There are a significant number of other studies about the impact of demand power charges on DCFC profitability.  The Transportation Energy Institute’s Electric Vehicle Council writes “Demand charges represent a significant impediment to the deployment of EV chargers in the U.S.” By reviewing market conditions, existing rates, current and potential mitigation strategies and data from existing charging stations, E Source categorized the most viable options into four categories:

  1. Reduce or eliminate demand charges for direct current fast chargers (DCFC).
  2. Cap the total per-kWh monthly energy cost for low-use stations.
  3. Install co-located batteries to help manage peak demand.
  4. Manage EV charging during peak periods.

Eliminating demand charges can decrease operational costs for DCFC by as much as 85%. Charging volume does not impact the cost of demand charges. Lowest utilization will still see maximum demand charges (Great Plains Institute).

Reducing or eliminating demand charges for DCFC is contrary to t the very reason these charges exist. Demand charges are essential fees that enable a utility to recover the cost of maintaining, upgrading and building the electric grid in proportion to a customer’s grid impact. For electric customers that use high amounts of power, such as locations that host fast charging stations, demand charges are designed to ensure that each customer is paying their fair share to deliver power safely and reliably to all customers. The electric grid is not equipped to meet the projected demand for EV charging at the scale and pace needed to meet decarbonization goals.

Reducing or eliminating demand charges is also a matter of equity since the forgone revenue will have to be collected elsewhere so that a utility can still operate and maintain the grid. Waiving demand charges for fast chargers will shift costs to all ratepayers, including non-EV drivers. In Massachusetts, for example, demand charge relief is projected to result in forgone utility revenue of $84 to $131 million. This will be recouped from other ratepayers via increased power rates.

E Source determined the only strategy to be 100% effective at mitigating demand charges for the EV charging site host is to eliminate demand charges from the rate tariff. But this strategy is not without consequences for other stakeholders, most notably the utility and potentially other rate payers.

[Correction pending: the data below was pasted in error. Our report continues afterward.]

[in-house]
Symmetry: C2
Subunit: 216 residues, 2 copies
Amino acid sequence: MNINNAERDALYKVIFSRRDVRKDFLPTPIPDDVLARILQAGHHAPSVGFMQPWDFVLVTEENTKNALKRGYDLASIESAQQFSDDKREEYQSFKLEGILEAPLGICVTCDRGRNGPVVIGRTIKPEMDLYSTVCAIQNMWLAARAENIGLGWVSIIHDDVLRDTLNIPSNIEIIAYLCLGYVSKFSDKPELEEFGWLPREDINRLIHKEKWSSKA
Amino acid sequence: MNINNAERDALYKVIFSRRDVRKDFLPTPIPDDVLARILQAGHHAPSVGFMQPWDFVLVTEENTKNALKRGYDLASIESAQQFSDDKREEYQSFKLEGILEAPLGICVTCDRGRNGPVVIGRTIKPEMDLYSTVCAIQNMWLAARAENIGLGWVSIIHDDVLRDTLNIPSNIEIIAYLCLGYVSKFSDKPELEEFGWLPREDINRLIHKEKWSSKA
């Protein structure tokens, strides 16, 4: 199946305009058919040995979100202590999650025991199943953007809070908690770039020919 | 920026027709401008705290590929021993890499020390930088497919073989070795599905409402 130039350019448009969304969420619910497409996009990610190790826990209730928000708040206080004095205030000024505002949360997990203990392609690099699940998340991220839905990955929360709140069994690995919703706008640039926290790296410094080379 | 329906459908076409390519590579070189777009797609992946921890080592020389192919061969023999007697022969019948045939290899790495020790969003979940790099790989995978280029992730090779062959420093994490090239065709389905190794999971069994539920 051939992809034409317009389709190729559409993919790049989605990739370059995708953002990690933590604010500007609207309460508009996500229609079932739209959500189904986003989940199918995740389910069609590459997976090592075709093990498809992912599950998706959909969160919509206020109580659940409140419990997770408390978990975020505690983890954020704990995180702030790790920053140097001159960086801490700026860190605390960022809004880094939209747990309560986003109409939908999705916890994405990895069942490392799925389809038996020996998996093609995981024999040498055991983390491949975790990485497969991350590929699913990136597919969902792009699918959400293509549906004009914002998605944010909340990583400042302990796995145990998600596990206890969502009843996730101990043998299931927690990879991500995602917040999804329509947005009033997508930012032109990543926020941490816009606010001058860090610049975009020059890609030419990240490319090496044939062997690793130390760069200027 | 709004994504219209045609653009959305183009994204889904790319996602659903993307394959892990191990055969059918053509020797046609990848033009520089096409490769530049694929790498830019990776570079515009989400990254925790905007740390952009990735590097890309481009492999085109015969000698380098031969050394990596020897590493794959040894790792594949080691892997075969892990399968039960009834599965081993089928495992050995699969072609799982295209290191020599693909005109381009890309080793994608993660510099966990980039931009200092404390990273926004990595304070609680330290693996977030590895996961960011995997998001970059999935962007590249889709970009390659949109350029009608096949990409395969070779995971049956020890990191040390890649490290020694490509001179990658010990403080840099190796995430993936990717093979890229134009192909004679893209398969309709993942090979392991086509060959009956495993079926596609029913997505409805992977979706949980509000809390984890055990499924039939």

In Maryland, the People’s Council was established by the General Assembly in 1924 and is the oldest utility consumer advocacy office in the nation. They advocated for consumers in proceedings that affect cost, reliability, and quality of public utilities service.

With a goal of ensuring that Maryland’s electric grid is customer-centered, affordable, reliable and environmentally sustainable, the Public Service Commission initiated a proceeding, titled Public Conference 44 (PC44) to launch a targeted review of electric distribution systems in Maryland.

The Maryland People’s Council’s PC 44 Electric Vehicle Work program had three specific objectives : (1) to address barriers to deployment of EVs, (2) to increase the efficiency and reliability of the electric distribution system, and (3) to lower electricity use at times of high demand. After spending $51 million installing EV chargers, the program was put on hold. Based on costs and revenues of the programs incurred to-date and holding 2023 utilization and revenues constant, it was determined that the programs will take about 66 years to breakeven.

The challenges for achieving DCFC profitability might be one reason this country’s largest EV manufacturer fired their entire 500 member charging team. Perhaps it was discovered that this division was an important drain on profitability, and why Wall Street does not appear to recognize its robust charging system as an important source of future profitability.

The cost to construct, operate, and maintain a DCFC station is significantly higher than for a gasoline station. If DCFC stations cannot be operated profitably, what does it mean for the viability of the transition to an electric vehicle world that many are aspiring for.

Geoffrey Pohanka is Chairman, Pohanka Automotive Group, (p.s. he currently owns two EVs and they are his daily ride).

This article was originally published by RealClearEnergy and made available via RealClearWire.